I need to pause here to reflect a moment on the issue of “oral law given to Moses at Sinai”. Tradition from the Rabbinic period tells us that there are two Torahs. One was a written Torah that, as described in Exodus, was given to our ancestors at Mt. Sinai. The other Torah is an “oral” Torah, also given by God to Moses during the 40 days Moses was on Mt. Sinai. This Oral Torah fills in the obvious gaps in the Written Torah. Both of these law codes are therefore divine and binding. Modern scholarship, however, tells us a different story. After the return of the Jewish Exiles from Babylonia during the time of Ezra, the Torah was redacted into its final form and read to the people for the first time in public. That made the text of the Torah fixed for all time. From that moment on, Sages and Rabbis began to explain the law, fill in the missing details and adapt the Torah to fit with current legal and social needs. These discussions and rabbinic pronouncements were codified in the Mishna, and later in the Talmud. The authority for these adaptations and changes in the laws of the Written Torah was then declared to be as old as Written Torah and that both came from God at Sinai. (Since there are parts of both the Written and Oral Torah that were ancient even in ancient times, this seemed like a good way to frame both laws as authoritative because they were the word of God.) When you see this phrase, “oral law given to Moses at Sinai” you can either believe this as true or you can understand this as referring to a law that was added by later Sages.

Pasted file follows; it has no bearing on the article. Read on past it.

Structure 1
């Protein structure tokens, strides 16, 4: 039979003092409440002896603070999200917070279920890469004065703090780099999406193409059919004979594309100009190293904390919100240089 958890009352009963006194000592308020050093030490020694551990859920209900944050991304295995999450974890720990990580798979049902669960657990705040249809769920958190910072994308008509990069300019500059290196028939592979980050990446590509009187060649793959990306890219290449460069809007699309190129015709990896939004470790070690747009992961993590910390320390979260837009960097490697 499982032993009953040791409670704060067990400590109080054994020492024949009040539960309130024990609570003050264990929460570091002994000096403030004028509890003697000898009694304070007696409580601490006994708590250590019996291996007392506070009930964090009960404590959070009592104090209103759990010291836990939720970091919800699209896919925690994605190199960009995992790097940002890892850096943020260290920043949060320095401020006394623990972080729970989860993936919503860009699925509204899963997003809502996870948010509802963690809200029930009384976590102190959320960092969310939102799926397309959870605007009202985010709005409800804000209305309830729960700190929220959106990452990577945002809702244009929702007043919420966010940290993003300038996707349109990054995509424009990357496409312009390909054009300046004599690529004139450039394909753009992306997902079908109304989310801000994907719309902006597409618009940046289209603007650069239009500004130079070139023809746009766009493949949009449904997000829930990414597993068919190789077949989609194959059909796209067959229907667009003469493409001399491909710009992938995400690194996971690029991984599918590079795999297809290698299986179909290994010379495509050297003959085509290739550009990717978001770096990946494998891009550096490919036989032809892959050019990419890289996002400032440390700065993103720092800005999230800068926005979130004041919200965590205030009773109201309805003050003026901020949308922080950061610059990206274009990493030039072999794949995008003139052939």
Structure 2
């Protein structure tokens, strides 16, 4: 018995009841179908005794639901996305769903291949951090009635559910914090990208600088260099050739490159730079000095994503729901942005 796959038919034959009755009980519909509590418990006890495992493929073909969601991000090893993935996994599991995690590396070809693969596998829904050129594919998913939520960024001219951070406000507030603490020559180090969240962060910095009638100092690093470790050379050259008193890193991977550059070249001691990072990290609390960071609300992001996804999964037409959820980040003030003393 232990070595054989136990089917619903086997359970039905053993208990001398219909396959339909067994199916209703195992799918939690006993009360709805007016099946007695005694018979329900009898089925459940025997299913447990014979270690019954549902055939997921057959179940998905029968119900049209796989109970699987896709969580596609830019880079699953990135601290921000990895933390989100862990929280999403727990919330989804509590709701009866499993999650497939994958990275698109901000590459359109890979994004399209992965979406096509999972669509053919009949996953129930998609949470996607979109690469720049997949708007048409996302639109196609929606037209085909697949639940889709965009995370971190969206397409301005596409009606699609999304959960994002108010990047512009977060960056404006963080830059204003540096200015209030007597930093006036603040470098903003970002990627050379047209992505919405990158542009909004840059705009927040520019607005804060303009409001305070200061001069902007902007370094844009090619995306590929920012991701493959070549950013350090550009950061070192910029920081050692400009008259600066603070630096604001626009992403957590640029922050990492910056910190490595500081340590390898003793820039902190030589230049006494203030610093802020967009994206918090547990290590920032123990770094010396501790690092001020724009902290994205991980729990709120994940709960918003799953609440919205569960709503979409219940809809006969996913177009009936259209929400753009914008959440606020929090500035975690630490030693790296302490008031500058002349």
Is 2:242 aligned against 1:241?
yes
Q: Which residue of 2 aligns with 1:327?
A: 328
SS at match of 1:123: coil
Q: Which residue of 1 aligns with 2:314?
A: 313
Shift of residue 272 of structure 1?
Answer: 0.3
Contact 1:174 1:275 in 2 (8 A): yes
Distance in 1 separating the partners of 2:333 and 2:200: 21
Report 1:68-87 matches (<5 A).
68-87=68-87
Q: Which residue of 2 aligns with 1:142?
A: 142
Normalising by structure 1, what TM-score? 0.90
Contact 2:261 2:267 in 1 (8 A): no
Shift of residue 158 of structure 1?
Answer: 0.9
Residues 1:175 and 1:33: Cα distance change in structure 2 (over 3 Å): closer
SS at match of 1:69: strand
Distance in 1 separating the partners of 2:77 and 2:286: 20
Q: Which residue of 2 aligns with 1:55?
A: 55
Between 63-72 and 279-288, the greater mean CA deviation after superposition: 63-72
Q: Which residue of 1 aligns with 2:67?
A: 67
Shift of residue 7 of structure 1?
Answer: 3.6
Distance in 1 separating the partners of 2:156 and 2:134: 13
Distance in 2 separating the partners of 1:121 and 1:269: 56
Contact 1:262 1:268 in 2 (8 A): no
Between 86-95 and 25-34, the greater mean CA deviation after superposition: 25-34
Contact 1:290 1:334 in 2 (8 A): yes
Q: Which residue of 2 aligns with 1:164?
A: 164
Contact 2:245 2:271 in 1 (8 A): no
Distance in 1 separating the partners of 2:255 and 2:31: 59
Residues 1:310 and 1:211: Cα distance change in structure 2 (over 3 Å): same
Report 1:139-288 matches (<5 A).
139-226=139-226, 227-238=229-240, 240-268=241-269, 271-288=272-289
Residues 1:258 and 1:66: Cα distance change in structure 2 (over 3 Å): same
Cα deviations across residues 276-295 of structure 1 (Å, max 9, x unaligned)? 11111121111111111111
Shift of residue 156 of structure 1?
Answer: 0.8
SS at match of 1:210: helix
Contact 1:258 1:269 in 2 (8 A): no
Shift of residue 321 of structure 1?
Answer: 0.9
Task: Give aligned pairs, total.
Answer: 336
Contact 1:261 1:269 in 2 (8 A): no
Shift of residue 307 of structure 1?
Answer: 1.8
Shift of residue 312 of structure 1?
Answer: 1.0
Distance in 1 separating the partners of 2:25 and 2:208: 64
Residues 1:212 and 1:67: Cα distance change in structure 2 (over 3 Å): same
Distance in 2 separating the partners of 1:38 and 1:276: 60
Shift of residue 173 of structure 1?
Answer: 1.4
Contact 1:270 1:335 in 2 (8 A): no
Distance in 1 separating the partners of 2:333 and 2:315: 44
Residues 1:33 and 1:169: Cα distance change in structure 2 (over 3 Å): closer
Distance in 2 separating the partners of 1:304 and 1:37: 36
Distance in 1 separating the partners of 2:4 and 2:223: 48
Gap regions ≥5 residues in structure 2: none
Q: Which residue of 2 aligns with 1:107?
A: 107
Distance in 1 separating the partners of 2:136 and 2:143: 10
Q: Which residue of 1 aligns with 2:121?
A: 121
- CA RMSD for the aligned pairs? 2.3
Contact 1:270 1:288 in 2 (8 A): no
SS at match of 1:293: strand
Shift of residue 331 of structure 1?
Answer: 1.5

There is a third category of trayfa that forbids us to eat any limb that is taken from a living animal. This applies to baby animals once their forelegs have emerged from the womb of its mother. It does not matter if the removal causes the death of the animal or not, the meat is forbidden.